Canada’s main stock index posted another day of triple-digit gains and U.S. markets were mixed Thursday against the backdrop of mounting evidence that inflation may be beginning to ease.

The S&P/TSX composite index was up 105.94 points at 19,991.88. In New York, the Dow Jones industrial average was up 27.16 points at 33,336.67.

The S&P 500 index was down 2.97 points at 4,207.27, while the Nasdaq composite was down 74.90 points at 12,779.91. The Canadian dollar traded for 78.41 cents US compared with 78.19 cents US on Wednesday.

The September crude contract was up US$2.41 at US$94.34 per barrel and the September natural gas contract was up 67 cents at US$8.87.

The December gold contract was down US$6.50 at US$1,807.50 an ounce and the September copper contract was up six cents at US$3.71 a pound.

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TALKING POINTS

The next Land Back battleground will be north of Lake Superior, as chiefs say no to nuclear waste on their traditional lands

“The next battleground is to the north and west of Lake Superior, on the traditional territories of Treaty 9, Treaty 3 and the Robinson-Superior Treaty of 1850. It is here, in an area many Indigenous people share, where the waters of Turtle Island split and either flow north to Hudson Bay or south to urban cities. It is also the spot where the Nuclear Waste Management Organization, or NWMO, wants to send truckloads of radioactive material to be buried 500 metres deep into the Canadian Shield.” – Tanya Talaga

The Mar-a-Lago raid brings the United States a step closer to civil war

“An ex-president in jail is an entirely plausible scenario at this point. But even people who have craved that comeuppance since the moment Mr. Trump descended an elevator to the applause of a hired audience should take a deep breath and ask themselves: What will the fallout be? Is it worth it?” – Stephen Marche

The Great Resignation has arrived in Canada

“The exodus is most pronounced among those between 55 and the traditional retirement age of 65 – in other words, early retirements. Nearly 150,000 people in this age group opted for the proverbial gold watch in the past 12 months – up nearly 50 per cent from last summer, when early retirements had sagged to their lowest levels since 2013.” – David Parkinson

MLB’s Field of Dreams game is another example of baseball’s history of mythmaking

“Last year’s inaugural MLB at Field of Dreams game saw the Chicago White Sox come from behind in dramatic fashion to defeat the New York Yankees 9-8. This week’s contest pits the Chicago Cubs against the Cincinnati Reds. The game, however, is another product of classic American mythmaking: equal parts fiction, fantasy, romance and nostalgia, with history looking on from somewhere in the distant bleachers.” – Larry Cornies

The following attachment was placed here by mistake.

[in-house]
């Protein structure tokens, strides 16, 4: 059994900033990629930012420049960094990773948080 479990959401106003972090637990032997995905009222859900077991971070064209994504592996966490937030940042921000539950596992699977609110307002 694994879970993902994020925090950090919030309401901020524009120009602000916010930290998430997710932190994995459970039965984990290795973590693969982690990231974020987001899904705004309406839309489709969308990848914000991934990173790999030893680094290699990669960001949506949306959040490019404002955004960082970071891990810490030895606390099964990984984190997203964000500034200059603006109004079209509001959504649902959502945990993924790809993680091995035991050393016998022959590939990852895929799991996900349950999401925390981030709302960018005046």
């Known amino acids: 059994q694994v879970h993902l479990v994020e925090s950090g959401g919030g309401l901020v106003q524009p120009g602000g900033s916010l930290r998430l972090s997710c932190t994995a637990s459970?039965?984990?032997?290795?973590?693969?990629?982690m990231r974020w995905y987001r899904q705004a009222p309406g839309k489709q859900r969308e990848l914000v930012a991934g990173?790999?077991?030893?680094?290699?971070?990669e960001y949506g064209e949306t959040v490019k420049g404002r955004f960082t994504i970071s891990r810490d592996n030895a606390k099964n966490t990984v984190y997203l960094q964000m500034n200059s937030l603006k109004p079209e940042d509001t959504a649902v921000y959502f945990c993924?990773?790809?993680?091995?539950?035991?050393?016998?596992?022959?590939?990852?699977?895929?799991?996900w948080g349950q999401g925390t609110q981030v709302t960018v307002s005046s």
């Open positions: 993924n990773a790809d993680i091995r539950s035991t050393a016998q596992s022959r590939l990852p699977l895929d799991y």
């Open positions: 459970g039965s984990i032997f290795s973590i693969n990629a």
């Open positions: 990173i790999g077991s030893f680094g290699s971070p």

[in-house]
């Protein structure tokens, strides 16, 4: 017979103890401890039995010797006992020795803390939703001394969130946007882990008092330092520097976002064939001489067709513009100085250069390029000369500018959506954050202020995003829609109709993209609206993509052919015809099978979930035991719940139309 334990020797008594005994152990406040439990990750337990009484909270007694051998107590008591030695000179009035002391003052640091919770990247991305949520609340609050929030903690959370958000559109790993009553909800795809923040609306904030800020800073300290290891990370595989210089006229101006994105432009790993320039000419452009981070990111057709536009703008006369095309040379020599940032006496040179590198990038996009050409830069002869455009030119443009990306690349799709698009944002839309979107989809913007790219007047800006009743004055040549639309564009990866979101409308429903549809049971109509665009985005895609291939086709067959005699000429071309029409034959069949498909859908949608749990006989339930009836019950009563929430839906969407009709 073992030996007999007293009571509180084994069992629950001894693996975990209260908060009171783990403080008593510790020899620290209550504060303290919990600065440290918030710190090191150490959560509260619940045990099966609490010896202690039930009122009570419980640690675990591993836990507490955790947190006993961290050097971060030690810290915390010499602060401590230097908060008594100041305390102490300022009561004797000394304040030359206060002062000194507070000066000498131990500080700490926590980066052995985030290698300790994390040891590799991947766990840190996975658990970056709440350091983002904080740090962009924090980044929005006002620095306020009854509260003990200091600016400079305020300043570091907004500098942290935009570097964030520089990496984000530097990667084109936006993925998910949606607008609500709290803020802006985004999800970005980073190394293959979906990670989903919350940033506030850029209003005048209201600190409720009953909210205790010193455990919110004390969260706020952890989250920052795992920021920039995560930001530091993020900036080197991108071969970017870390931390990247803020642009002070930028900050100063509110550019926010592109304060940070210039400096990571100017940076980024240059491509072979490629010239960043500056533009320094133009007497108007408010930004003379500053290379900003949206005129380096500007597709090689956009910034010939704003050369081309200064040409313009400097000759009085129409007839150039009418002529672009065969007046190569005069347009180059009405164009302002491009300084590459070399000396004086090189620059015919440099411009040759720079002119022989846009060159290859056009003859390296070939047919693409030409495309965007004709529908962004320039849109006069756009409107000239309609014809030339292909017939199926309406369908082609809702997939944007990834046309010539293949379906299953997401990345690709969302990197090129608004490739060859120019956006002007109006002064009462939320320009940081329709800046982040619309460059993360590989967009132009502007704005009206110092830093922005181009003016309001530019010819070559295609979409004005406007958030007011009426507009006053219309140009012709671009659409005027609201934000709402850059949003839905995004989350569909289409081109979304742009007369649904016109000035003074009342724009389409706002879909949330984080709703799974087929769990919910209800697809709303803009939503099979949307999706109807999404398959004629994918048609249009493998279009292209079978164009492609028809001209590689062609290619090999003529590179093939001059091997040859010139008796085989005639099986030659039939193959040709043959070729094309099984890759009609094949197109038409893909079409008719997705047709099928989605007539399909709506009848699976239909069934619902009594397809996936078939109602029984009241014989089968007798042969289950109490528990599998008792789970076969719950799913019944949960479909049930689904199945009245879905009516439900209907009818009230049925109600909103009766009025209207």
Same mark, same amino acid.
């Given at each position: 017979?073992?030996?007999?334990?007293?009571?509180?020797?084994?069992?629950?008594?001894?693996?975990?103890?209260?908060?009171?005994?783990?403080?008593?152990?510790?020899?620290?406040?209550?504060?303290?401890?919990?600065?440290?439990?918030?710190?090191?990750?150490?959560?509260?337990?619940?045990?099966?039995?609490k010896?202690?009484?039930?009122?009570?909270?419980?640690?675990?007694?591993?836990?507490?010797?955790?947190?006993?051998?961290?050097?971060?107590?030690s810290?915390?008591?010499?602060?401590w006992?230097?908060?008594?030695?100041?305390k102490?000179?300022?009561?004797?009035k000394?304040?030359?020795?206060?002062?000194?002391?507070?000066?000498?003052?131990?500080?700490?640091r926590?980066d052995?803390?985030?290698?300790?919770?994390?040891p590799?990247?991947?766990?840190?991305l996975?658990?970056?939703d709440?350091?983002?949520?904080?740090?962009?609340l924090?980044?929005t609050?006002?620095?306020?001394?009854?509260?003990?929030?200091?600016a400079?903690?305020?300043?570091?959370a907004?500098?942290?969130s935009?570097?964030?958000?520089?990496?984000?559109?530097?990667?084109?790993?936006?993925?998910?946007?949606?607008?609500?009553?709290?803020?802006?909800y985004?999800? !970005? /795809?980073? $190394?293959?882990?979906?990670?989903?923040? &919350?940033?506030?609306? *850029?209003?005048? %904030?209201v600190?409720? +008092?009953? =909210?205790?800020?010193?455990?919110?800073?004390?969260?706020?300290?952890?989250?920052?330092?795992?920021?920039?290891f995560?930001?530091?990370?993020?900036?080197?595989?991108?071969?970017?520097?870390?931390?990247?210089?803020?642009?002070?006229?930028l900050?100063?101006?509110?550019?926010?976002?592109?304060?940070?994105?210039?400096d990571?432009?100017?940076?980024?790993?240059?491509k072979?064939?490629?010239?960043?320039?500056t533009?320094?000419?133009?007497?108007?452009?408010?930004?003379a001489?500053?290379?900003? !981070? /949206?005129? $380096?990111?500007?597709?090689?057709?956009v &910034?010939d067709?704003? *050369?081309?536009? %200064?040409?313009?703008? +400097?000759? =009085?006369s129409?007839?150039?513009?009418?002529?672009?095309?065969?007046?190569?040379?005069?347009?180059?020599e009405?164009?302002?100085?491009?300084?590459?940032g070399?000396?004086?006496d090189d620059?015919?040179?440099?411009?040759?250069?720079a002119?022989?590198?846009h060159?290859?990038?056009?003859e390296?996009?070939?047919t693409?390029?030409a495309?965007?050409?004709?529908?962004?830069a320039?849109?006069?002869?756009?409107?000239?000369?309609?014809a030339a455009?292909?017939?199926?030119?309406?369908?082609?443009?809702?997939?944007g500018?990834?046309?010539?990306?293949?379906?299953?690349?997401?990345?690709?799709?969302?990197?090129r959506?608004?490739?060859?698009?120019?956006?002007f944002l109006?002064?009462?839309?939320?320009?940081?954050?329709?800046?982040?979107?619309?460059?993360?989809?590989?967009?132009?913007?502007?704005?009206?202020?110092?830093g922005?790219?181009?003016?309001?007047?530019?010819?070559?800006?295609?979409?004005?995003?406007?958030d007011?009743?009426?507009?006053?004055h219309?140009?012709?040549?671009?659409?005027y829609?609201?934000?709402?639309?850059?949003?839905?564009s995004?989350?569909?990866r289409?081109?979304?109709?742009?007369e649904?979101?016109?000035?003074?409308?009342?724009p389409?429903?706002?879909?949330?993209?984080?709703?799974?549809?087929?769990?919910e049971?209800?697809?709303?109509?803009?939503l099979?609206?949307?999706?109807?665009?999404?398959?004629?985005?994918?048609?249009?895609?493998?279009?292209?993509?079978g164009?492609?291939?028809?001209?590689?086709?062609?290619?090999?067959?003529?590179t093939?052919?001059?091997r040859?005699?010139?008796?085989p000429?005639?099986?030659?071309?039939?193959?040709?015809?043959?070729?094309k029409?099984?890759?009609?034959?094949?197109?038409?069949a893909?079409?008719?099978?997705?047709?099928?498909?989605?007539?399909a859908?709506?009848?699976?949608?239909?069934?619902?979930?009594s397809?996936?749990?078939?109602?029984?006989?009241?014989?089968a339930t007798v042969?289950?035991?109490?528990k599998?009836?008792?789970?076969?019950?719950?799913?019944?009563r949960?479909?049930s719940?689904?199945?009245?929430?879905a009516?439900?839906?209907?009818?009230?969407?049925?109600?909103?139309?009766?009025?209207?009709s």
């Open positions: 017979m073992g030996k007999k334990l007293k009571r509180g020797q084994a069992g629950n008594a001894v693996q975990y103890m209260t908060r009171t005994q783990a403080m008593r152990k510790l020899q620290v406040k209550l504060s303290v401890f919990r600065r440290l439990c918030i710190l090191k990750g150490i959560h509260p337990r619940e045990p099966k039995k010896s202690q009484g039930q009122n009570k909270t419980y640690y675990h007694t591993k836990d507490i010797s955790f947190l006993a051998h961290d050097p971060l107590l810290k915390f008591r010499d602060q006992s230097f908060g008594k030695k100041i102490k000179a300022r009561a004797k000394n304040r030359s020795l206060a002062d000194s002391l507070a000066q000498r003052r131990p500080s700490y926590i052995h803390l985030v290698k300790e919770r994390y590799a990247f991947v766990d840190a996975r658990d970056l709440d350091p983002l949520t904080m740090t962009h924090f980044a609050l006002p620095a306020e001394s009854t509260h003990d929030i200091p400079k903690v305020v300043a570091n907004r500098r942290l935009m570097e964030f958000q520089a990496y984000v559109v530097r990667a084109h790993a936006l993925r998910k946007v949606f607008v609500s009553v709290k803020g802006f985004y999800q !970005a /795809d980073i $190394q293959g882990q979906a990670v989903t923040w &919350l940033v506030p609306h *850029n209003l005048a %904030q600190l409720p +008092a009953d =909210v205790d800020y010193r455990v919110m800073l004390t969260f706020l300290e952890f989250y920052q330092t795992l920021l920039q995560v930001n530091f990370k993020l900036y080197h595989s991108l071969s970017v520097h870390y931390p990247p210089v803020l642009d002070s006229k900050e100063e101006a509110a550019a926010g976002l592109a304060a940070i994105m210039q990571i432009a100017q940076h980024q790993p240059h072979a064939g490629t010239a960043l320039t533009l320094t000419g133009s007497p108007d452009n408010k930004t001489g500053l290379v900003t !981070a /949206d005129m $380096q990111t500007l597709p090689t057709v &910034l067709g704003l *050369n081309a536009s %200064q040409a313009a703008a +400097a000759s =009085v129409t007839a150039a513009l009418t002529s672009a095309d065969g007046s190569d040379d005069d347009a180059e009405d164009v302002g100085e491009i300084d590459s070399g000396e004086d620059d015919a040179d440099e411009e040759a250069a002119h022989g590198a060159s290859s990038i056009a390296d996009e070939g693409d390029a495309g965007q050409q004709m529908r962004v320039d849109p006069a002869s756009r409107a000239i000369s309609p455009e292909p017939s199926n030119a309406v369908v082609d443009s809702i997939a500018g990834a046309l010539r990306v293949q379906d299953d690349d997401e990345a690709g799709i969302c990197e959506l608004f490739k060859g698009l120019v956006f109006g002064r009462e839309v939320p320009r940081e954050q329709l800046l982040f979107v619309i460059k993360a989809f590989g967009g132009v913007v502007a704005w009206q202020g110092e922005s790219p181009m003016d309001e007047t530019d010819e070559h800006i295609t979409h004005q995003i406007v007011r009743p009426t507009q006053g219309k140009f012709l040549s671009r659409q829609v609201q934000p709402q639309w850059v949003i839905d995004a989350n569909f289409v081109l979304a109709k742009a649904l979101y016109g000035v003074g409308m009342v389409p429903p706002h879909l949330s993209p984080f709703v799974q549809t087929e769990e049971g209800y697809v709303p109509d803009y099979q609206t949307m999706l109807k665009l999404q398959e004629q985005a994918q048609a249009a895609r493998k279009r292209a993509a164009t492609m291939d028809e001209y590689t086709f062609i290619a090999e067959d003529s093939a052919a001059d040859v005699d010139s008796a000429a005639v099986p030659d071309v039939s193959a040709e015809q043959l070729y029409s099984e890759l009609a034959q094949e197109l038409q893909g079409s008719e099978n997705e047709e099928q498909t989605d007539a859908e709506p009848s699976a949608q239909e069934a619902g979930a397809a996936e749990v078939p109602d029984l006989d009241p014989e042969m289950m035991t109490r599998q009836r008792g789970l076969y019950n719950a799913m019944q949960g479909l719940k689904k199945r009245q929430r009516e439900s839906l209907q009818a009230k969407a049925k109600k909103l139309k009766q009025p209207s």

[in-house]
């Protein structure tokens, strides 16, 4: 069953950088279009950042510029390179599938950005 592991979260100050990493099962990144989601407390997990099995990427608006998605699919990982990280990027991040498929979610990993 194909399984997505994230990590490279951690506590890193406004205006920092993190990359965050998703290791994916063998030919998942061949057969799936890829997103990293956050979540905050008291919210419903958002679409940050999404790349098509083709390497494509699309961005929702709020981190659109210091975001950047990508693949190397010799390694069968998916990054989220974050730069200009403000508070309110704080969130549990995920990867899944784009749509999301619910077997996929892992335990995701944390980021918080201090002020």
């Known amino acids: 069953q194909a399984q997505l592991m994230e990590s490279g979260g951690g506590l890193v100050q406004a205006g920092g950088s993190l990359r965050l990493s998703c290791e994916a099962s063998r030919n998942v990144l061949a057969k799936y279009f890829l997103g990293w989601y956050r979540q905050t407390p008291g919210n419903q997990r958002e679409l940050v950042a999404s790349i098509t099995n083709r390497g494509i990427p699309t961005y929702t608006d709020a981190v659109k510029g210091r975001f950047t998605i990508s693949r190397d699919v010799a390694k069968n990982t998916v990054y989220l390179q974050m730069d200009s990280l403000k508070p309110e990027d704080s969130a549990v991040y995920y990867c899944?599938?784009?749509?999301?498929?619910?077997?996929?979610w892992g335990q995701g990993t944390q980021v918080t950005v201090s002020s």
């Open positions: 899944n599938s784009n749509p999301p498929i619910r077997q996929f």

LIVING BETTER

Tips on keeping your marriage together in retirement

When it comes to retirement, most couples plan for the places they’ll go and the people they’ll see, but don’t spend enough time thinking about how they’ll pass the rest of the time with their spouse.

“People have conversations about things like, ‘where are we going to travel’ [but] they don’t really get into the day-to-day of life,” says Amy D’Aprix, founder and chief executive of Toronto-based consulting firm Life Transitions by Dr. Amy.

Failing to communicate how to handle a major life transition like retirement can test even the most solid relationships, especially if each person’s vision of how to spend their days is different.

“Even a positive change like retirement puts stress on a relationship,” says Saunia Ahmad, director and clinical psychologist at the Toronto Psychology Clinic.


TODAY’S LONG READ

Anand Rajaram brings an element of play to Shakespeare in High Park

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This summer’s Shakespeare in High Park production of As You Like it by director Anand Rajaram.Dahlia Katz/Handout

As he was getting ready to direct Canadian Stage’s production of the beloved Shakespearean pastoral comedy As You Like It, Anand Rajaram had a brainwave. He arrived at a workshop for the production wearing a costume that made it appear he was riding a giant turkey. He finished the look with a crown, and asked a colleague to make an announcement: Everybody please rise for His Royal Highness Anand Rajaram.

“People were baffled and confused, some of them were laughing,” Rajaram says. “But the whimsy was clear.”

He continues “People, with Shakespeare, tend to get very precious, and tend to get very intense about it. … So it is just a reminder to not take everything so seriously.”

When he started directing rehearsals for the play – part of Toronto’s Dream in High Park series this summer – he asked Roxanne Ignatius, one of the production designers, to turn the turkey into a peacock. He turned up in it regularly. Once, he added a fanfare to his entrance. The idea was to set the tone for the production. “Fundamentally, I just think it’s funny,” he says.

Rajaram is making his debut as a director with this production, but he’s a multi-faceted artist with a long career in acting. His credits include Dora-award-winning performances in Buffoon by Anosh Irani and Mustard by Kat Sandler; film and television appearances; voiceover work for video games and cartoons; as well as occasional stints on CBC Radio’s comedic news quiz Because News.

Evening Update is written by Emerald Bensadoun. If you’d like to receive this newsletter by e-mail every weekday evening, go here to sign up. If you have any feedback, send us a note.